By age 25, she was one of the world's top models. Now, Petra Nemcova is best known for being the woman who, for several hours, desperately clung to a tree, her pelvis broken in four places and her legs unable to move, when the catastrophic tsunami struck South Asia on Dec. 26.
Her boyfriend, British photographer Simon Atlee, was one of 250,000 people forever swept away by the massive waves, as we read in "Love Always, Petra: A Story of Courage and the Discovery of Life's Hidden Gifts." (All proceeds of the book benefit the Give 2 Asia Happy Hearts Fund, a tsunami relief fund.)
But what's also worth noting in this amazing story of hope, faith and survival is how Miss Nemcova has woven into its pages the story of her childhood, spent under the specter of communism in what was then Czechoslovakia. She sat down to discuss her book with this columnist late yesterday, and compared her country's 40-year struggle for freedom to what citizens in Iraq are fighting for today.
"I was baptized in the Catholic Church, but I didn't grow up with religion. This isn't surprising, since the communists didn't encourage religion any more than they did humor," she writes. "Every day was a struggle for people like my parents. ... Young as I was, during the first decade of my life, I did have a sense of the heaviness all around. It's difficult for people in the free world to imagine what it was like.
"I can tell you about some of the repression and deprivation, but what's harder to tell you about is the 'grayness,' the sadness, which was in the very air we breathed. The regime had an iron fist, and we were weighed down by rules and regulations."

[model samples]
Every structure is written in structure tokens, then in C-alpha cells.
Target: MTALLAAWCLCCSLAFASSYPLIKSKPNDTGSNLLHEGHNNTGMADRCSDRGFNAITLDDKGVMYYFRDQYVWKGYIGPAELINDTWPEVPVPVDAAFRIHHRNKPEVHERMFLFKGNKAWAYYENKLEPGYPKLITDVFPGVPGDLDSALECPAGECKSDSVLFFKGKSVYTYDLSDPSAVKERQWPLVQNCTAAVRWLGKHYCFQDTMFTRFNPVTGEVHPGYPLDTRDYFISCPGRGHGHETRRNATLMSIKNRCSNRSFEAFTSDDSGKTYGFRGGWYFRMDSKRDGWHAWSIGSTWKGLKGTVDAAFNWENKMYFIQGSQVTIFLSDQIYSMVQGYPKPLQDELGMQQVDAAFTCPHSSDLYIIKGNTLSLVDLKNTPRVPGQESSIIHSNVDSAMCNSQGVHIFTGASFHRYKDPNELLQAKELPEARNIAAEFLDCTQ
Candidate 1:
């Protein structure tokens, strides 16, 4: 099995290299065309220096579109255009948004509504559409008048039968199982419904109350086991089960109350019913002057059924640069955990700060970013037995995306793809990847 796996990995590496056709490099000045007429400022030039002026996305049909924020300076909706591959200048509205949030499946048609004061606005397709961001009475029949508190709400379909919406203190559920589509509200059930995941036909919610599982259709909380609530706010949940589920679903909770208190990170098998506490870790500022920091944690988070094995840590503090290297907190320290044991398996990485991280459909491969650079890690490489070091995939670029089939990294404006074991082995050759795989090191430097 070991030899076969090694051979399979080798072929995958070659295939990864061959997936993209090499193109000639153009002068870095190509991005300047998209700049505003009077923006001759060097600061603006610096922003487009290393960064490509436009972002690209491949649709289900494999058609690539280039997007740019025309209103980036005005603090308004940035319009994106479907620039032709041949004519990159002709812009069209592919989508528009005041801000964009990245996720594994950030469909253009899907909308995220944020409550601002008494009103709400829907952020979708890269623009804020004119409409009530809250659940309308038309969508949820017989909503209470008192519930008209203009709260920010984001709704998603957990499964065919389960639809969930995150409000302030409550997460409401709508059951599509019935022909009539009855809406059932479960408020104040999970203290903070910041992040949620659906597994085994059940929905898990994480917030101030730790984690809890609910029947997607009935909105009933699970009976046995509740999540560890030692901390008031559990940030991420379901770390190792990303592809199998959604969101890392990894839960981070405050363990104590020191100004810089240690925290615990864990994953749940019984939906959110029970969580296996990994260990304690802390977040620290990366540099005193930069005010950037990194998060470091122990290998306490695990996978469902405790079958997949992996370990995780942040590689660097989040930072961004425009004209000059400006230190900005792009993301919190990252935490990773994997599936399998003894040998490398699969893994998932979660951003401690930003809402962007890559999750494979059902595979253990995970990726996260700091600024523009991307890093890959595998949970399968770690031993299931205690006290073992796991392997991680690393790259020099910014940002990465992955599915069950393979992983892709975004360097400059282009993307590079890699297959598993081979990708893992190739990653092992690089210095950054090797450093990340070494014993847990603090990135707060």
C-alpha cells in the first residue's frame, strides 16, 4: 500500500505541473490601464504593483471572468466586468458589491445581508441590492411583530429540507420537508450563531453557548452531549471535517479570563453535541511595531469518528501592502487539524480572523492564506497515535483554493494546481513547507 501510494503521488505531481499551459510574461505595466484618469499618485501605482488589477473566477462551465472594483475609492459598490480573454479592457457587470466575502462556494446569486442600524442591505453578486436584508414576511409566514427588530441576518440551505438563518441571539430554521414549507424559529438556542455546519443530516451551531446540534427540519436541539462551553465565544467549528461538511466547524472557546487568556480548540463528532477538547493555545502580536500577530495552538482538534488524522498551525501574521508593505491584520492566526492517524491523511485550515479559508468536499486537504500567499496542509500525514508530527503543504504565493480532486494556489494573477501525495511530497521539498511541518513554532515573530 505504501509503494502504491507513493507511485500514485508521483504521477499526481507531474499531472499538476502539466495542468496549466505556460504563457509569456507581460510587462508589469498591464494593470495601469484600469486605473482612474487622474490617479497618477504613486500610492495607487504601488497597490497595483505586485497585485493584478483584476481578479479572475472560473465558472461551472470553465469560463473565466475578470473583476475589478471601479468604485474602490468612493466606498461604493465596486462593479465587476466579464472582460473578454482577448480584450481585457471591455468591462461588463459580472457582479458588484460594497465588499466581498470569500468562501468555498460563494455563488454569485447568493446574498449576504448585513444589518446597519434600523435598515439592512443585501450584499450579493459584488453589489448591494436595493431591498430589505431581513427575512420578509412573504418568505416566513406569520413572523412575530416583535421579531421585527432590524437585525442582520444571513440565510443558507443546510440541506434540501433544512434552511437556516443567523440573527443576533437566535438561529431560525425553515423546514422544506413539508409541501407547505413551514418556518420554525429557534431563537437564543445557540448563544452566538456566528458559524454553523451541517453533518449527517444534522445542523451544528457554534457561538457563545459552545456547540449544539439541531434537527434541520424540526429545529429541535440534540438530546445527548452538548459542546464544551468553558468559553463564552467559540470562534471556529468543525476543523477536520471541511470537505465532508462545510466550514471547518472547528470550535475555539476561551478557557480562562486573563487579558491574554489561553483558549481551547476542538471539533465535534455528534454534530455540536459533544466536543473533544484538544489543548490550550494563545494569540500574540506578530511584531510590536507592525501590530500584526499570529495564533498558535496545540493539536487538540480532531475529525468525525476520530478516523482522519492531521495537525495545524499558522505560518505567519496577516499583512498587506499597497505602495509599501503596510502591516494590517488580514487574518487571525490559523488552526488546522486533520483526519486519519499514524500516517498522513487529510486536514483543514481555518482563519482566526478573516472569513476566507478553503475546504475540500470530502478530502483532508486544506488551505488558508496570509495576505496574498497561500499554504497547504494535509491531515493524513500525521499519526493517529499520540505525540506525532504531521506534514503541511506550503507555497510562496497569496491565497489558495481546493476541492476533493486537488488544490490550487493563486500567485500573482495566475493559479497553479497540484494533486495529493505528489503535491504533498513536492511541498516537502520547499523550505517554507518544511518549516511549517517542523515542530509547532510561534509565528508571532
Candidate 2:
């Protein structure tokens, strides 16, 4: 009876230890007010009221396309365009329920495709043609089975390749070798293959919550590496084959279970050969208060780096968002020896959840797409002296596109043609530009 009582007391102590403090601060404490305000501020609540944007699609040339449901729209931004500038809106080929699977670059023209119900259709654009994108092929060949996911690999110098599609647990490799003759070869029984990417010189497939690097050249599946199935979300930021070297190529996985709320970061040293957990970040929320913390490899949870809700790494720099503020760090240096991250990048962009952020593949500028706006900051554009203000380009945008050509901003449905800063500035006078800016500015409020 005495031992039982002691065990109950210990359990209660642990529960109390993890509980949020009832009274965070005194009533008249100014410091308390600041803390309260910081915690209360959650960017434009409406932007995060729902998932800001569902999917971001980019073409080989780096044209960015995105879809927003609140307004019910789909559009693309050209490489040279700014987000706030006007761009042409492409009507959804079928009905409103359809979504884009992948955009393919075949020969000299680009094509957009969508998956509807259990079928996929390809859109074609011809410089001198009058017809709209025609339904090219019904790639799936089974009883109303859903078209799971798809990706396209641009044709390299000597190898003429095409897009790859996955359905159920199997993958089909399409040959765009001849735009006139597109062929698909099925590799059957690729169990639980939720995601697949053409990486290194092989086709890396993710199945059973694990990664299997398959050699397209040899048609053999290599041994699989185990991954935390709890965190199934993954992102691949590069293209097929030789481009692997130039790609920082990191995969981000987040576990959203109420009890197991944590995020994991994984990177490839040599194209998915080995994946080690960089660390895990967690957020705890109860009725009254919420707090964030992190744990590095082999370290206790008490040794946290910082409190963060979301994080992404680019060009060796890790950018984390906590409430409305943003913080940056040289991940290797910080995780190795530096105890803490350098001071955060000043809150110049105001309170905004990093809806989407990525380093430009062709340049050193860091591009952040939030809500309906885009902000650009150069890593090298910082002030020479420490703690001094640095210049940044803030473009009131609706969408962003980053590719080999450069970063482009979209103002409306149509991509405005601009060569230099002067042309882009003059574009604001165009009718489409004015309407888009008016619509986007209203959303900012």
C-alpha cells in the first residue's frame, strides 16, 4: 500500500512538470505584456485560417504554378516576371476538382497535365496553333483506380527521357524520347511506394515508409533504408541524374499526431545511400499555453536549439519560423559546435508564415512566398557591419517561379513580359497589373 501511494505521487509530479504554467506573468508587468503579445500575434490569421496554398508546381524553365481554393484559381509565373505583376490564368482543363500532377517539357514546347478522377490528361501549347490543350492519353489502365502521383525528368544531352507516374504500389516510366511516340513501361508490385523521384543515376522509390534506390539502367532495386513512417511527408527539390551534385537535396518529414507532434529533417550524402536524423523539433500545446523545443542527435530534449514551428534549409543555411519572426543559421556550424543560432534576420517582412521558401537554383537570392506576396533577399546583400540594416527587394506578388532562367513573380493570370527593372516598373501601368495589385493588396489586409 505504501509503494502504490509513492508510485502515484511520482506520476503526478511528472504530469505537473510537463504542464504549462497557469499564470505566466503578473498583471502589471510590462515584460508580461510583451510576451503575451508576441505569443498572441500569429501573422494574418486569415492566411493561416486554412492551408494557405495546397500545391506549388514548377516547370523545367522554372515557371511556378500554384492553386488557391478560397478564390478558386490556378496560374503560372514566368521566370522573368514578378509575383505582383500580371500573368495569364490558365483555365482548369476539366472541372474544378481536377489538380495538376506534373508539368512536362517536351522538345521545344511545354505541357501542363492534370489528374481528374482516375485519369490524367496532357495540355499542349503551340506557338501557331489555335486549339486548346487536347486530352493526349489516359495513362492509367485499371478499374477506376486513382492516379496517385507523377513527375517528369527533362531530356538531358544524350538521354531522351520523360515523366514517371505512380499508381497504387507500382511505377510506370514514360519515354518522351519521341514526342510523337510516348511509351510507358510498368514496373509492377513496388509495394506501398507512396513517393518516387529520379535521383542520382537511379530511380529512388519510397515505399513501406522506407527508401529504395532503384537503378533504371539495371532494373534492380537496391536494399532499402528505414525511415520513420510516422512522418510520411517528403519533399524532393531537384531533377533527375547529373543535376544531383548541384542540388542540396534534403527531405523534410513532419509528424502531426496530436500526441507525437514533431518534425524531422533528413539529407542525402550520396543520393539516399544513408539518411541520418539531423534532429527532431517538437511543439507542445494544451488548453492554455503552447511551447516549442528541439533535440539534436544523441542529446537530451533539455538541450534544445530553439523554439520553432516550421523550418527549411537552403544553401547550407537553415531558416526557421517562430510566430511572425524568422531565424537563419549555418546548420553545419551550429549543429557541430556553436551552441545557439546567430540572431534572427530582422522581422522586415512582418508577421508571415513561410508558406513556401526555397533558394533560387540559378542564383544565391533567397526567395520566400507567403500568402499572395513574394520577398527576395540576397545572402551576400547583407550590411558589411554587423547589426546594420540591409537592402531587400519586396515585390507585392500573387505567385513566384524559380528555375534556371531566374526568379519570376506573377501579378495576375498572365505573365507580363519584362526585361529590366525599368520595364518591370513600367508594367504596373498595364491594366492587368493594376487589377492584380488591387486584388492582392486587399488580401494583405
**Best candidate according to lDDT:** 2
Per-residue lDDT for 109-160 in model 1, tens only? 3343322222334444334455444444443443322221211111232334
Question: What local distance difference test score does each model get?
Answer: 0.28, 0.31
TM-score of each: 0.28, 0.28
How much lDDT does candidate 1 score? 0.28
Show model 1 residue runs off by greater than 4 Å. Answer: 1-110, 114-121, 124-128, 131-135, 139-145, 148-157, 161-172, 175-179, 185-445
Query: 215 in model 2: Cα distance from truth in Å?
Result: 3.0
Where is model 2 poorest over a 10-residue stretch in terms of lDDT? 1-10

Communist rulers, she says, worked day and night to ban any Western influence, allowing no independent newspapers, magazines or broadcast news reports. Hollywood movies were considered among the biggest threats - "they simply weren't shown. Control was the key, and it was everywhere."
Even in school.
"Actually, discipline was the most important subject, and it was rigidly enforced," she says. "We had no type of recess; we couldn't run, we couldn't even walk around on our own. During breaks we marched around in a circle in pairs. Every time we passed a teacher, we had to cry out, 'Cest praci,' which means 'Viva work.' We were always saluting work."
John McCaslin is a contributing columnist on Townhall.com and author of Inside The Beltway: Offbeat Stories, Scoops, and Shenanigans from around the Nation's Capital .
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